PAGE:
When the Football Association of Singapore (FAS) appointed former international footballer V. Sundramoorthy as its caretaker national coach last Friday, it took a bold step, yet one wonders whether it was in the right direction.
His ascension to the hot seat marks the first time in 16 years that a Singaporean has been given the top coaching job. If viewed with one lens, it is a victory for those championing the virtues of local coaches. Yet the FAS' insistence on the addition of the word "caretaker" to the job title makes one wonder whether this episode does more harm than good for the advancement of local coaches.
The consequences of the appointment and the job title are pertinent as other sports flirt with the idea of a local as the main person in charge.
In swimming, Gary Tan is tipped to be in line to take over from outgoing coach Sergio Lopez, who will step down after the August Olympics. Lopez is a Spaniard with American citizenship and a breaststroke bronze medallist at the 1988 Olympics. And he endorses Tan.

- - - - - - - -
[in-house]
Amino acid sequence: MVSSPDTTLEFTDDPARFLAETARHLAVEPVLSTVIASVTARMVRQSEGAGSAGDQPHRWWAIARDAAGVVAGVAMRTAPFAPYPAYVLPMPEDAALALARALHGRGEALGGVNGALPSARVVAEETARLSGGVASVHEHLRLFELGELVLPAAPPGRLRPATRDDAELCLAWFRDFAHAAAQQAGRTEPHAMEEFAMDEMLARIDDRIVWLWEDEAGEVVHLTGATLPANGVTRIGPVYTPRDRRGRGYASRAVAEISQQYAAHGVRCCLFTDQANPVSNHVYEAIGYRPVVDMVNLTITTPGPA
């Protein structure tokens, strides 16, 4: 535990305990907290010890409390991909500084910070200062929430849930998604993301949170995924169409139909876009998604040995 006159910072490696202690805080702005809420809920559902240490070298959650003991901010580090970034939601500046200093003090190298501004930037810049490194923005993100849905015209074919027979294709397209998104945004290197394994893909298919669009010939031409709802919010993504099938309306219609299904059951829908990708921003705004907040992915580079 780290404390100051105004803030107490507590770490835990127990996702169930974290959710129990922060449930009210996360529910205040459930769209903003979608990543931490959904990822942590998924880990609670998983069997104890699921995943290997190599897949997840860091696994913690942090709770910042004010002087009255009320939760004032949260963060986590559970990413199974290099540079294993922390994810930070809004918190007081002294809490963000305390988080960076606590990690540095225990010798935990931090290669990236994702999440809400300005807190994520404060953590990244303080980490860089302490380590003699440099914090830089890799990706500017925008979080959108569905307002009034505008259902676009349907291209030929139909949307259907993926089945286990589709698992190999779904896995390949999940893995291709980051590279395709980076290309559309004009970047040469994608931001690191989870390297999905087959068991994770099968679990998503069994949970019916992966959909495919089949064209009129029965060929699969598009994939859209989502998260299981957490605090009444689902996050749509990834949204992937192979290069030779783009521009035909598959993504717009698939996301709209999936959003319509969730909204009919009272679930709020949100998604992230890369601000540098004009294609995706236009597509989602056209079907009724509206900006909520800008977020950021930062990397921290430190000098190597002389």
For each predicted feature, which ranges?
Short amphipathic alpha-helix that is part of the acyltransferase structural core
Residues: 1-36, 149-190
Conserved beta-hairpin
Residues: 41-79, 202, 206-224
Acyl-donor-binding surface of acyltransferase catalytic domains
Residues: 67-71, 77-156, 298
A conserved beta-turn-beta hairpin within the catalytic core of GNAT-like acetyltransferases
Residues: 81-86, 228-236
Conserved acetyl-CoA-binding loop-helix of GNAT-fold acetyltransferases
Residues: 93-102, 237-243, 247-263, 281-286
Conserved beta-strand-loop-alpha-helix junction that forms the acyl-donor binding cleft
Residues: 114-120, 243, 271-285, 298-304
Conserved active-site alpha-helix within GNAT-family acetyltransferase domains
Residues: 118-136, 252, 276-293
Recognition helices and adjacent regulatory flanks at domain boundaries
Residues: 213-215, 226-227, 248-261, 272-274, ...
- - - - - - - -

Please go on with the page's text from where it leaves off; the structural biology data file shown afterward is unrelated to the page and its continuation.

The virtues of local coaches are also being pondered by the fencing and athletics communities.
In April, Lau Ywen, 16, won the women's cadet individual (sabre) final at the Fencing Cadet and Junior World Championships in France. She credited her coach David Chan for calming her nerves as she fought back from a 2-5 deficit to win 15-14.
At last June's SEA Games, sprinter Shanti Pereira delivered Singapore's first track gold at the biennial regional meet in 42 years. Local coach Margaret Oh, who had been mentoring her for the past seven years, was credited with helping her reach that milestone.
With local coaches getting better access to best practices abroad and having the opportunities to incorporate the latest in sports science, coaching abilities have been raised. Local coaches, with their intimate knowledge of local talent, culture and mindsets, deserve a shot at the top jobs. But they can be deemed a success only if local sports associations have complete faith in them. Faith to not just appoint them but also accord them the appropriate title.